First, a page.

I begin chemotherapy tomorrow. But let’s not discuss that yet. Let’s not get ahead of ourselves.
A: I know this is a morbid question, but if you get to choose, how would you choose to die?
C: Really, why?
B: I heard that it’s peaceful, that it’s like going home.
C: I think that’s a myth.
B: But there’s also something peaceful about the imagery, after the initial struggle for air, you just float there and die. How would you want to die C?
C: I think all death is bad, so I would want to go out the most gruesome way possible. Being eaten alive by a lion! I don’t feel like I’ll be remembered otherwise. But if I were eaten by a lion, everyone’s going to remember. “Do you know C?” “No, I don’t think so.” “He’s the guy who was eaten by a lion.” “Oh yeah, I remember that guy.” I’ll always be remembered.
B: That sounds like a horrible way to die.
C: That’s the point! That way I’ll be remembered.
B: I don’t think being remembered is worth being mauled by a lion.
C: To each their own, I guess. How about you, A?
A: I’d like to die in my sleep, when I’m old, and all my loved ones have already died, so my own death will be no burden to anybody.
B: I didn’t think about it that way. And dying in one’s sleep is painless, like going to sleep and never waking up.
C: Yeah, A, you clearly put some thought into it. I’ll have to think about it some more.
B: What about you, D?
B: I change my mind. I also want to die by cancer.
C: Yeah, me too.
Many say carpe diem or YOLO, but they don’t really, really mean it. Not in the deep parts of their hearts. Not in the way they behave. If they truly lived only in the moment, you would not see them pay rent, go to sleep, step over puddles, and you would never ever see them make plans.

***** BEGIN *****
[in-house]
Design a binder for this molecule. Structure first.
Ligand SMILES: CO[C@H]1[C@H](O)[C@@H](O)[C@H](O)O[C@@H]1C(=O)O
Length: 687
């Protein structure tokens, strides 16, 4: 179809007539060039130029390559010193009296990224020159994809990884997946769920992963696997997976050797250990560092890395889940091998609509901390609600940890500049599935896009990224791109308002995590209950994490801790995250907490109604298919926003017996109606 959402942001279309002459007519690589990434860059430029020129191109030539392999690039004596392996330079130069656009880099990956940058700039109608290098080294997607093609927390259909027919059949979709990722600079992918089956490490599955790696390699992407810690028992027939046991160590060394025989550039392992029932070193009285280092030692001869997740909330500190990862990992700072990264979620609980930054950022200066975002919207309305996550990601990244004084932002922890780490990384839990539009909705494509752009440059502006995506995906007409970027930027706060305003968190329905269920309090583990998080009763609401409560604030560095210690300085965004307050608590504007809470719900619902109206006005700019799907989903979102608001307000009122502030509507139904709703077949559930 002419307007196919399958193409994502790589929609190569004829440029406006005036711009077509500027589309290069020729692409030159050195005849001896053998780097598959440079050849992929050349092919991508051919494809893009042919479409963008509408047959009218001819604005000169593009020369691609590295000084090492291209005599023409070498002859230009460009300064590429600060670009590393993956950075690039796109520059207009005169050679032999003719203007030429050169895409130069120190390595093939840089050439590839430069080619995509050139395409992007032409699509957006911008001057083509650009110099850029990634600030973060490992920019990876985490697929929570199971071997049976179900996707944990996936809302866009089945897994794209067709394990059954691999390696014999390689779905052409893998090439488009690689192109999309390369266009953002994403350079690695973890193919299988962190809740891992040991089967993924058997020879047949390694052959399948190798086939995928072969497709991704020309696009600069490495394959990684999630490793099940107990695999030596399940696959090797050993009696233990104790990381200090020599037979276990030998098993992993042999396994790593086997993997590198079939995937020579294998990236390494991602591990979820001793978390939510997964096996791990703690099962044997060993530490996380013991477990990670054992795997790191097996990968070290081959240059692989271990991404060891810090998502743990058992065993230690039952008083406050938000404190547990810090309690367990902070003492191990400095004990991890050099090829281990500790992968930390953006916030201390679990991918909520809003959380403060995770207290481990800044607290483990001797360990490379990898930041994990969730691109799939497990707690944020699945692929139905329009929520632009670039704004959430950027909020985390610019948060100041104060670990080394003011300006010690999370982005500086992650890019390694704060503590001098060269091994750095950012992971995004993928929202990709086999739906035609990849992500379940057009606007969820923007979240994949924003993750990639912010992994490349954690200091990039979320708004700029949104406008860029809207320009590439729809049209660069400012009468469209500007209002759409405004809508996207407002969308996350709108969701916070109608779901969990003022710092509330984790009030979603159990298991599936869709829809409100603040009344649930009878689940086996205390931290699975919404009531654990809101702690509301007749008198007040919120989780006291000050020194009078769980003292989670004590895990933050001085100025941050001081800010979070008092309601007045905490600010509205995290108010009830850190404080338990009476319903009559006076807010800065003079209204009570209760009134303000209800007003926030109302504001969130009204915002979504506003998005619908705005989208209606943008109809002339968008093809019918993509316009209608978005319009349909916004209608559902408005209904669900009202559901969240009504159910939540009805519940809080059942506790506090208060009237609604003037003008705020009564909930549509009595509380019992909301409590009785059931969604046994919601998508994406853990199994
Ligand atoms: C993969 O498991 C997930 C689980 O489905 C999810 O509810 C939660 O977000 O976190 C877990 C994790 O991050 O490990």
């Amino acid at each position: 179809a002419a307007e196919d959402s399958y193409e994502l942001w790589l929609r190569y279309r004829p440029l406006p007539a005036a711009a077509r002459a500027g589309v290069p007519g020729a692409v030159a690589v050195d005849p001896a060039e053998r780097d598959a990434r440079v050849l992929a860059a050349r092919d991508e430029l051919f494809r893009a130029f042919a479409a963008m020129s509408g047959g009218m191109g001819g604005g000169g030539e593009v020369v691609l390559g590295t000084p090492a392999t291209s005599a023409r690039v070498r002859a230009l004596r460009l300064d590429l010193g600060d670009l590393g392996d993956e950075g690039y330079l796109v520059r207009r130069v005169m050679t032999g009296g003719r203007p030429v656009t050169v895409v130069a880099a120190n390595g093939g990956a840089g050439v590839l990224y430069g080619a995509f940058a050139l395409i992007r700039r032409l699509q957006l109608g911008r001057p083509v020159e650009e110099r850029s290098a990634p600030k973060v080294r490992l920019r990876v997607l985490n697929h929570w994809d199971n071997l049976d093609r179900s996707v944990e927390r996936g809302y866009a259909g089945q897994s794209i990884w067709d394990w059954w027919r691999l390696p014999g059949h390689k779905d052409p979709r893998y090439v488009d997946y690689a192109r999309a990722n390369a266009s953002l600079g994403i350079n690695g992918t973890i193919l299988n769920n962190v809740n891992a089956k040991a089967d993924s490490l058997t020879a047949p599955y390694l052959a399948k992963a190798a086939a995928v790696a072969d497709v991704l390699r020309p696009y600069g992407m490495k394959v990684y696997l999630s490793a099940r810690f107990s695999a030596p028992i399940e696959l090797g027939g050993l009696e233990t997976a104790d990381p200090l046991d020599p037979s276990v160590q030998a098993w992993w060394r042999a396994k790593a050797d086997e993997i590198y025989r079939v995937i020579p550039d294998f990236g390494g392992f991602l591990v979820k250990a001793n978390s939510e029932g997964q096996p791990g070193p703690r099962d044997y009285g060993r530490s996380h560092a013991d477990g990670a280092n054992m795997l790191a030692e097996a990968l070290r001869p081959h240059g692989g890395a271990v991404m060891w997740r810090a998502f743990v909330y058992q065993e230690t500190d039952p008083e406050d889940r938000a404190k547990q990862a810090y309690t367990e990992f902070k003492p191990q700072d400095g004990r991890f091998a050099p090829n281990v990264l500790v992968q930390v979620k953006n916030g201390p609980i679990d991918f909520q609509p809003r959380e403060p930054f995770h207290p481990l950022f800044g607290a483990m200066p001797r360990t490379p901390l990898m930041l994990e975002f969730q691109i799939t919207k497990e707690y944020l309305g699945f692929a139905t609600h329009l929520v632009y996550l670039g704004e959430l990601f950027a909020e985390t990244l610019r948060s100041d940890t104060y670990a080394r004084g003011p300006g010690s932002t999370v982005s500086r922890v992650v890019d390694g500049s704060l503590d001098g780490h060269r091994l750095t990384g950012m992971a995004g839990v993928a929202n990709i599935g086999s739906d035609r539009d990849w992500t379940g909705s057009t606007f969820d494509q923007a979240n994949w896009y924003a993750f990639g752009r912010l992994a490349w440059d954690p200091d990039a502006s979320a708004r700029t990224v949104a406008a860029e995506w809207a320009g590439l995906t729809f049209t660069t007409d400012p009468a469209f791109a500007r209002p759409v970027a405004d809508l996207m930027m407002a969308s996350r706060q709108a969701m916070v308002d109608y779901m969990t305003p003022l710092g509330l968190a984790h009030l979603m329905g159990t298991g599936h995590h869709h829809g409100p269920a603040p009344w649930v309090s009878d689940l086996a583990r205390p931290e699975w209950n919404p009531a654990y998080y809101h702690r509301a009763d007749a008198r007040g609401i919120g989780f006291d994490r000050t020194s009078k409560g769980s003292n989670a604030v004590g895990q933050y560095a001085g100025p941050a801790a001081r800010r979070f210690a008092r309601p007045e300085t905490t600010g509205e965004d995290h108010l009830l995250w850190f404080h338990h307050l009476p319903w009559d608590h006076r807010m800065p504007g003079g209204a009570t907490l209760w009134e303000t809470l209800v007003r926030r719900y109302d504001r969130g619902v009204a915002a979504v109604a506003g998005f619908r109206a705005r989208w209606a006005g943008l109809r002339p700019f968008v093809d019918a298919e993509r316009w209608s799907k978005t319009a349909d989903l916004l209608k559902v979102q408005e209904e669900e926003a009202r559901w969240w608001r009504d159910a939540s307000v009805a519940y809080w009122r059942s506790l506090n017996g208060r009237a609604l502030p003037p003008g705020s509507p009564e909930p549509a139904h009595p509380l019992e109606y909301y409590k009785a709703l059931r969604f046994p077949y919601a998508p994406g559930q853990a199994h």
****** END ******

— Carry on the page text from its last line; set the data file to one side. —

I am making no accusation of hypocrisy. I don’t think we should live like this moment is our only one, like today is our last day. “People who live in the present often wind up exploiting the present to an extent that it starts removing the possibility of having a future — Alan Kay.” I have that written in my notes.
But we should live like it is possible that today is our last day, while also living like it is possible that today is the first of several thousand more.
Prepare not as if you are going to die tomorrow, but as if you don’t know whether you are going to die tomorrow or 50 years from now.
Heck, give yourself a bell curve — of expected time left and plan accordingly.
But right now, I don’t know what this curve is going to look like. I have no baseline. Is it going to look like this:
Or like this?
I see my oncologist tomorrow, and I’m going to ask about my prognosis. Where does the bulk of the curve lie? Is it one year? Two? Five?
The more, the better.
I have cancer. I’m in the late stages of pancreatic cancer. This was revealed to me yesterday, on Friday. It was strongly suspected on Monday.
And it is incurable.
I now have a port in my upper right chest. It is a direct access line to the veins. A permanent I.V. I will be plugged in from time to time to be fed, not energy, but something to slow my decay: chemotherapy.